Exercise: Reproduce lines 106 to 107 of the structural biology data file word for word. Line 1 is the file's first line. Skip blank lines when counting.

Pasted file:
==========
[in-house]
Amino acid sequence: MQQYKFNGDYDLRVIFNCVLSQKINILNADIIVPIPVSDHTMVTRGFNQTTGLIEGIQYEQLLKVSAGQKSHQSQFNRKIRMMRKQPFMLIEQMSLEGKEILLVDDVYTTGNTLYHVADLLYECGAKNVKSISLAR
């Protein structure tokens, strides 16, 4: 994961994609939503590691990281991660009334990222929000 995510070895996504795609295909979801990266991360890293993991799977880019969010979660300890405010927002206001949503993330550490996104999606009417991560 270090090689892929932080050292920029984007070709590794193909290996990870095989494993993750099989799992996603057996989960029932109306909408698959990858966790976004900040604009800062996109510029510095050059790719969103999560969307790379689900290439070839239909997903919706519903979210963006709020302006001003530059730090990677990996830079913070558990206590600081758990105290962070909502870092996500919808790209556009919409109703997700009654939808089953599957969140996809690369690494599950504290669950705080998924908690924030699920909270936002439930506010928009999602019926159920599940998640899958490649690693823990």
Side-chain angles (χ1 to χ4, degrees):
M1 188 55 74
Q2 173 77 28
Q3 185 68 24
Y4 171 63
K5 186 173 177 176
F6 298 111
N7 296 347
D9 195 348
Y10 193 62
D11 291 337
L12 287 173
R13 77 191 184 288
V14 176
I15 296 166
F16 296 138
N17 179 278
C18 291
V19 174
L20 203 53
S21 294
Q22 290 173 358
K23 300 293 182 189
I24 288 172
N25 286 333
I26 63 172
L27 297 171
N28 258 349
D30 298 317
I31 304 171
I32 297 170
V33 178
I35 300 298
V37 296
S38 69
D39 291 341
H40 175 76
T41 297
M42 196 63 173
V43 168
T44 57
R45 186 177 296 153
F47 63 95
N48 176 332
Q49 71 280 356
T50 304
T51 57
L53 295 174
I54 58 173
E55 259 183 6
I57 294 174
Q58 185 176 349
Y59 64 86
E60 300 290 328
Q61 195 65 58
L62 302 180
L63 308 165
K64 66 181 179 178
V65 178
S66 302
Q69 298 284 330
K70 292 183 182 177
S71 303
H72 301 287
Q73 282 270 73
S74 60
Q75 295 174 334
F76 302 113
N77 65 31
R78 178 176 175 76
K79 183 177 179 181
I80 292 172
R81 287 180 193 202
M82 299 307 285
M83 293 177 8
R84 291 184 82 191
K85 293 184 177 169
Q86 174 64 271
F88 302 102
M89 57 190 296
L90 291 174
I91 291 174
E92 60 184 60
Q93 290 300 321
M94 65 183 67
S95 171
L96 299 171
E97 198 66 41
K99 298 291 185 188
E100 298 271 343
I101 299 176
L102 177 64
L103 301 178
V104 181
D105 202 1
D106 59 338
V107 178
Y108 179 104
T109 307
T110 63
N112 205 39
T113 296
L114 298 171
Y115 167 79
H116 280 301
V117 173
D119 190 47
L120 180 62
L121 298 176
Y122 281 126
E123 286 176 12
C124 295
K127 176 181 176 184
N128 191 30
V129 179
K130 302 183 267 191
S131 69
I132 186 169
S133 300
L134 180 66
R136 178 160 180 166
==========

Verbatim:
L114 298 171
Y115 167 79